Sitting in her chair, white hair recently permed by the hairstylist into a frozen dome shaping her face and small skull I find one of my regular patients. She is in her 90's a full 60 years older then me and yet the age difference seems to flee away in conversation; so much so that often she forgets how young I am and asks me about my grandchildren. Being the fact that she is in a nursing home, some might see this slip up as proof that she has dementia or that her mind is slipping but this woman's mind is far from slipping - her body yes is failing her but her mind is sharper then mind some days (especially days when I don't get a lot of sleep).
The age difference
gets transform by her comfort and knowledge that I understand her woes.
She often comments to me about the fact that she feels I understand.
And even more importantly points out that my sermons on Sunday uplift
her because she knows they come from a place of understanding. Now I am
not trying to raise myself up here, what I am trying to talk about
today is the importance of understanding the other.
some point in childhood - usually before Kindergarten - our world
transform and we begin to understand the other. If you watch young
children play they play side by side but often not right with each
other; watching older children play you see how their imaginations work
together and their play is enhanced by the other.
is important for us to come to understand and truly want to know the
others. But one human need that is real is being FELT understood. For
us as Christians this is one way in which we can truly spread God's love
and Christ message. You see Christ walked this Earth; God humbly
walked amongst us so that through his life and death the Holy could
say that he truly walked in our shoes. Jesus walked amongst us and
knows our pains. Even when we feel alone and that no one could
possibly know what we are going through, we must be reminded that EVEN
God humbly walked as a human in order to KNOW.
is powerful stuff. The need for others to understand and the desire to
combat loneliness is a big part of our human story. We all go into
relationships because of this and we maintain those relationships for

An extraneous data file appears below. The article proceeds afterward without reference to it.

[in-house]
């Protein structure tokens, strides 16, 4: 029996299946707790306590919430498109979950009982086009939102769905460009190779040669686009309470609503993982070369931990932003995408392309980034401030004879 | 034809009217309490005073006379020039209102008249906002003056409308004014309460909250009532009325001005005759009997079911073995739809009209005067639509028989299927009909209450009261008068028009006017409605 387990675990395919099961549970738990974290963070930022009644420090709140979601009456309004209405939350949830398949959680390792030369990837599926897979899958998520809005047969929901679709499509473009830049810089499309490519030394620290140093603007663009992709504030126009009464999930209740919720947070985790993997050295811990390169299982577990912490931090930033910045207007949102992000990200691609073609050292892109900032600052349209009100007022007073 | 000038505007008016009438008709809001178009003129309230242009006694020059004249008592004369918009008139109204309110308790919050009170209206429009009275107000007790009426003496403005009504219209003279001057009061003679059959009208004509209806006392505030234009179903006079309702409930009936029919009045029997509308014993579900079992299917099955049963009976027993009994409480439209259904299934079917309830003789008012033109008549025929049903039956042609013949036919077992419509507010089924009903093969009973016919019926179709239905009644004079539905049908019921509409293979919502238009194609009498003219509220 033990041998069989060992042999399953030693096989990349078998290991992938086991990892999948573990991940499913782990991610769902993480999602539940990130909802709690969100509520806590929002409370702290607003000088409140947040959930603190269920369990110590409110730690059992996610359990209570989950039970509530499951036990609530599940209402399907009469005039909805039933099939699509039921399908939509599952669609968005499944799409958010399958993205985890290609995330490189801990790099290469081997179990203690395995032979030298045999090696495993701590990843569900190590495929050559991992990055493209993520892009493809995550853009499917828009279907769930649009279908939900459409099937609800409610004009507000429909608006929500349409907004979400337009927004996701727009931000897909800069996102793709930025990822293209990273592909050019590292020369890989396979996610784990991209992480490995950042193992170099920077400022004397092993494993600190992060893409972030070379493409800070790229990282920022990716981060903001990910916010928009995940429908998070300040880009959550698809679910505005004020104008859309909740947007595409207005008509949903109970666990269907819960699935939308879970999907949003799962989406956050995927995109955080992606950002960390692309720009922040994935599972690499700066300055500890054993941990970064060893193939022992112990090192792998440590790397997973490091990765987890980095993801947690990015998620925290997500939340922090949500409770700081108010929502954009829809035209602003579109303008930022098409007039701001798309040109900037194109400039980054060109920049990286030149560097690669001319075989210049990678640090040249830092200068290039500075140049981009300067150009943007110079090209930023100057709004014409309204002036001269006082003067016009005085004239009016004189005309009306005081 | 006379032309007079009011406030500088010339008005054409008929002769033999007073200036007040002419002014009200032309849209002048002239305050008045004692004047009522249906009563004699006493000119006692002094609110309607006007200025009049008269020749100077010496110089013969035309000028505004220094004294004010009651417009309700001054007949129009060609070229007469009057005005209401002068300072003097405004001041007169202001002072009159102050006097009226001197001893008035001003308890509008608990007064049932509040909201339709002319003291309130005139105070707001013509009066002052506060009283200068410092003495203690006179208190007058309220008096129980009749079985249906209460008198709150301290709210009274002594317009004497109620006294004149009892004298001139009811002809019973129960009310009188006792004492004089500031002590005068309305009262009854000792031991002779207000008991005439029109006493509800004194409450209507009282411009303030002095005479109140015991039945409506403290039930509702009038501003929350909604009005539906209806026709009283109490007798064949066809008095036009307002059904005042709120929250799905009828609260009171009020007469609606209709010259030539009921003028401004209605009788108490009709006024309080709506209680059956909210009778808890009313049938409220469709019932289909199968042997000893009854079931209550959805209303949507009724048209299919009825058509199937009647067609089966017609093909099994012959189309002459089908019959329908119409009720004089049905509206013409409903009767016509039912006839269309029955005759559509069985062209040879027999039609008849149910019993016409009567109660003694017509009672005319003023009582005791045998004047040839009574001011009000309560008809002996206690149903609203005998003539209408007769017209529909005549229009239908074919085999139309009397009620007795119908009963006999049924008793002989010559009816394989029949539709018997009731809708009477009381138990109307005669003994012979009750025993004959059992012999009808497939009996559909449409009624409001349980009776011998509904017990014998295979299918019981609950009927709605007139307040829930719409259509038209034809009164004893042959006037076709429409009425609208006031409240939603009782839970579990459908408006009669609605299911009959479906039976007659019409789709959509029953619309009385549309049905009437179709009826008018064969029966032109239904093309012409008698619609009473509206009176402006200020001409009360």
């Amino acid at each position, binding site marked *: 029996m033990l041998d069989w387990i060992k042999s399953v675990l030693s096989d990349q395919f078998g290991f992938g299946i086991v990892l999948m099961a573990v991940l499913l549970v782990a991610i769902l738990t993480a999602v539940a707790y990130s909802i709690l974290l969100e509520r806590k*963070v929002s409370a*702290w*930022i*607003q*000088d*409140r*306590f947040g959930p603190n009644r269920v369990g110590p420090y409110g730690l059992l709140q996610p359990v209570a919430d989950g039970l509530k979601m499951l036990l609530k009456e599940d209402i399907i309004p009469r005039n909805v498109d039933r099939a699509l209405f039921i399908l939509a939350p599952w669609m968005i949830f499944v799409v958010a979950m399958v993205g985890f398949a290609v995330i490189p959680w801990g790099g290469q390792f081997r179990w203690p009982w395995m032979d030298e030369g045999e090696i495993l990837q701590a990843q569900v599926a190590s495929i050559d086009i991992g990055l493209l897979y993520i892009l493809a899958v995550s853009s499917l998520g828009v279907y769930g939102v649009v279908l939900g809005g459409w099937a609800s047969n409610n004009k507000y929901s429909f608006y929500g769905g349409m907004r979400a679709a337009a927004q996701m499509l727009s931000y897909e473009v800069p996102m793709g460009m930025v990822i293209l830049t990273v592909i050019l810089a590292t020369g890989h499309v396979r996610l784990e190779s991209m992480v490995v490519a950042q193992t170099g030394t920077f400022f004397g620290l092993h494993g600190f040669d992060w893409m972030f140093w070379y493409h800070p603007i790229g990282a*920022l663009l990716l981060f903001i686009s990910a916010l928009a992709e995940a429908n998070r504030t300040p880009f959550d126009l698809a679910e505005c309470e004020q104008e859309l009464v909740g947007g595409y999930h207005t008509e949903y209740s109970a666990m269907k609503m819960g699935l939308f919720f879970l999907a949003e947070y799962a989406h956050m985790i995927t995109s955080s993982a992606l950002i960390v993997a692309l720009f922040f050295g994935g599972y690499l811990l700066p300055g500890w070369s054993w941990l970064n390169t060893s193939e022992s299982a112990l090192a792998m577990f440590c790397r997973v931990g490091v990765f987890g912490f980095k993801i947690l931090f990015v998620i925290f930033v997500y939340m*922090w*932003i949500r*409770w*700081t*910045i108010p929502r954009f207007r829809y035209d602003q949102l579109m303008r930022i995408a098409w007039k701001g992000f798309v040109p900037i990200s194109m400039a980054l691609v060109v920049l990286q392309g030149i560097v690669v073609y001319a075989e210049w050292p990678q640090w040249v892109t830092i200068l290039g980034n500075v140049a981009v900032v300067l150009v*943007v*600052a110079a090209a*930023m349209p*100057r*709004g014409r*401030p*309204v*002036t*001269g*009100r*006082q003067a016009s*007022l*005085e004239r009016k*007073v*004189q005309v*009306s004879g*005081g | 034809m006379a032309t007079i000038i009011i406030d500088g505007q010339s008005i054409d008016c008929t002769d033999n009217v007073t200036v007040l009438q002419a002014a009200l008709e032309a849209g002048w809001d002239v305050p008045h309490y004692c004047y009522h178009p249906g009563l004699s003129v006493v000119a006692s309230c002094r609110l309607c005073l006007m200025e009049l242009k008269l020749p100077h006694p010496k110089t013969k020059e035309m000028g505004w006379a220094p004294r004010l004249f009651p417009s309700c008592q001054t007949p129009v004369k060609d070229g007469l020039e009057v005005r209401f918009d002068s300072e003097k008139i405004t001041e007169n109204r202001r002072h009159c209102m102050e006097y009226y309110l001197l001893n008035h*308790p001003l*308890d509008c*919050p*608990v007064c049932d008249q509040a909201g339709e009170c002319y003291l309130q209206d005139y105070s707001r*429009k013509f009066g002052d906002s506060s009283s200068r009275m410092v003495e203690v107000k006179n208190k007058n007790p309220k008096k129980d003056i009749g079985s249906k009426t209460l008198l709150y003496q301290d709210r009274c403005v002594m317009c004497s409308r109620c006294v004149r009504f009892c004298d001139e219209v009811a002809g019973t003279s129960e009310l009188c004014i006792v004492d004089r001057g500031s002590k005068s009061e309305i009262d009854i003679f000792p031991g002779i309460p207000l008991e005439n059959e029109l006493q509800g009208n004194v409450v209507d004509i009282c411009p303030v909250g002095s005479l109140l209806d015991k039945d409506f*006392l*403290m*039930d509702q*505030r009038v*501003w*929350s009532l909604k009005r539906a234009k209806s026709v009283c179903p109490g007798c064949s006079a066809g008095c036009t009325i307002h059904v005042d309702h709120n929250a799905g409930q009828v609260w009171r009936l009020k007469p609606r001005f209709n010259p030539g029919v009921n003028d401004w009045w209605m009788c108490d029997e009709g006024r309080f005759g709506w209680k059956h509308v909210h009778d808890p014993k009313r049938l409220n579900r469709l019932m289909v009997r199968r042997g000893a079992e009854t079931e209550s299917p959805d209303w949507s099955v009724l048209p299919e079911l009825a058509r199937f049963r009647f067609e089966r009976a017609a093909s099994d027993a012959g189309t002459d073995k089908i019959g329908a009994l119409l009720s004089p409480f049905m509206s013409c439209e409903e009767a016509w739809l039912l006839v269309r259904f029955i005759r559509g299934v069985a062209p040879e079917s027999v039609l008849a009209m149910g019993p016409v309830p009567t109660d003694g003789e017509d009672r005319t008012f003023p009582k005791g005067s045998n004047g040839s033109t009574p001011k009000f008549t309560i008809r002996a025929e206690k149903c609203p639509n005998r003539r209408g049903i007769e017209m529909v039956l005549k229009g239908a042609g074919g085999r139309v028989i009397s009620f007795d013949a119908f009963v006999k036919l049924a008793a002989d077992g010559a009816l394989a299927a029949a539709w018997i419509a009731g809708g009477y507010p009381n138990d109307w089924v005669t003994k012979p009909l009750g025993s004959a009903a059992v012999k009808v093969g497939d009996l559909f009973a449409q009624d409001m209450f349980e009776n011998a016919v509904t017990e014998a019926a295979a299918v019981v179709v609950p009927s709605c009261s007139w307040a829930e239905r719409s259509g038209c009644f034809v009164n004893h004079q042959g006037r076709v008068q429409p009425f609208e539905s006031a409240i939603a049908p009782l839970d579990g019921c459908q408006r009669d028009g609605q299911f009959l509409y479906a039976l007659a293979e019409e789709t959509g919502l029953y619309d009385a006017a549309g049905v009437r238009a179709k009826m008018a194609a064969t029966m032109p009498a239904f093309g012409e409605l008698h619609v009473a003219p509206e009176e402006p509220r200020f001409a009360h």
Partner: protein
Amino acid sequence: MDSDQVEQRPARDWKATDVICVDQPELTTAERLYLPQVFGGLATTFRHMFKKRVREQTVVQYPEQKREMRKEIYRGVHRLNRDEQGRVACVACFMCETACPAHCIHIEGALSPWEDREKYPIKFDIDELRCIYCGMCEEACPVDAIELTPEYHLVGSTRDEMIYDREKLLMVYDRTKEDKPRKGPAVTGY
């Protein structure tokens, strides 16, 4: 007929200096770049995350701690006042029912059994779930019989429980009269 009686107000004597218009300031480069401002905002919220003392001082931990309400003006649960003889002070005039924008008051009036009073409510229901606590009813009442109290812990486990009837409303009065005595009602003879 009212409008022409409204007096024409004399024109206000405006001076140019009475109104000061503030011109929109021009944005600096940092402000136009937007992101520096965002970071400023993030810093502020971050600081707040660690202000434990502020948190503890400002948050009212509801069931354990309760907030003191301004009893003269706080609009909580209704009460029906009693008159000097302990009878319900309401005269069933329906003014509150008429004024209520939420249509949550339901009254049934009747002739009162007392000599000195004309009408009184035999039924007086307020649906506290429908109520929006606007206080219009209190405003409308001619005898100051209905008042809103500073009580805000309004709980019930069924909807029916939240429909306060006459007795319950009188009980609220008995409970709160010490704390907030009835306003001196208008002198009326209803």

the same desire. Yet, not everyone does understand. How powerful could
our Christian impact be if instead of condemning or judging we could
try to understand the other?
Sure we have not lived
out every possible situations - some may never know true poverty,
others may not grieve as young, some may never battle addiction or
depression, others may never lose their sight or hearing, some may never
be labeled for the color of their skin and others may never know the
pains of war - but that does not stop us from being able to understand.
A gift of humanity is that we have the capacity for compassion and the
ability to understand the other's needs.
Christians we are called to follow this. God set an example - humbly
walking amongst us! It was not even beneath the GREAT DIVINE to
experience the depth of humanity and human emotion. It was not even
beneath the HOLY ONE to come to the understanding of the other. So let
us not sit on our Great Than Thou horses. Let us come to the
understanding that we are called by our Creator to truly show love and
understanding to all we meet.
We are not meant to
judge or put people down for their situations but instead we are called
to lift up their lives and believe that through Christ anything is
possible. We are called to connect, not on the level of which we have
experience but instead on the level of which we are called to
understand. I might not know what it is like to lose control of the
body slowly or what it is like to need assistance to do daily skills.
But I do know how I would feel if I needed someone to help me in the
bathroom, or how frustrated I can get when I am without a limb due to
injury. I can understand the isolation of the building and the mundane
rhythm of each day being the same. And yet in these states, we are
called as Christians not accept them or to let them define us
but instead rising above them find where the Holy is still calling us.
We are called not to judge those who suffer but instead through Christ
and by being Christ's body in the world, bring life and light to those
who suffer; bring meaning and love and most importantly bring to them a
God who understands their pains, bore them and rose above them so that
all might one day know the Kingdom.
Today is Valentines day and the first Sunday in Lent. Reflect on how both our individual and our relationship with God is effected by our understanding of the other and / or our willingness to put away our own selfishness.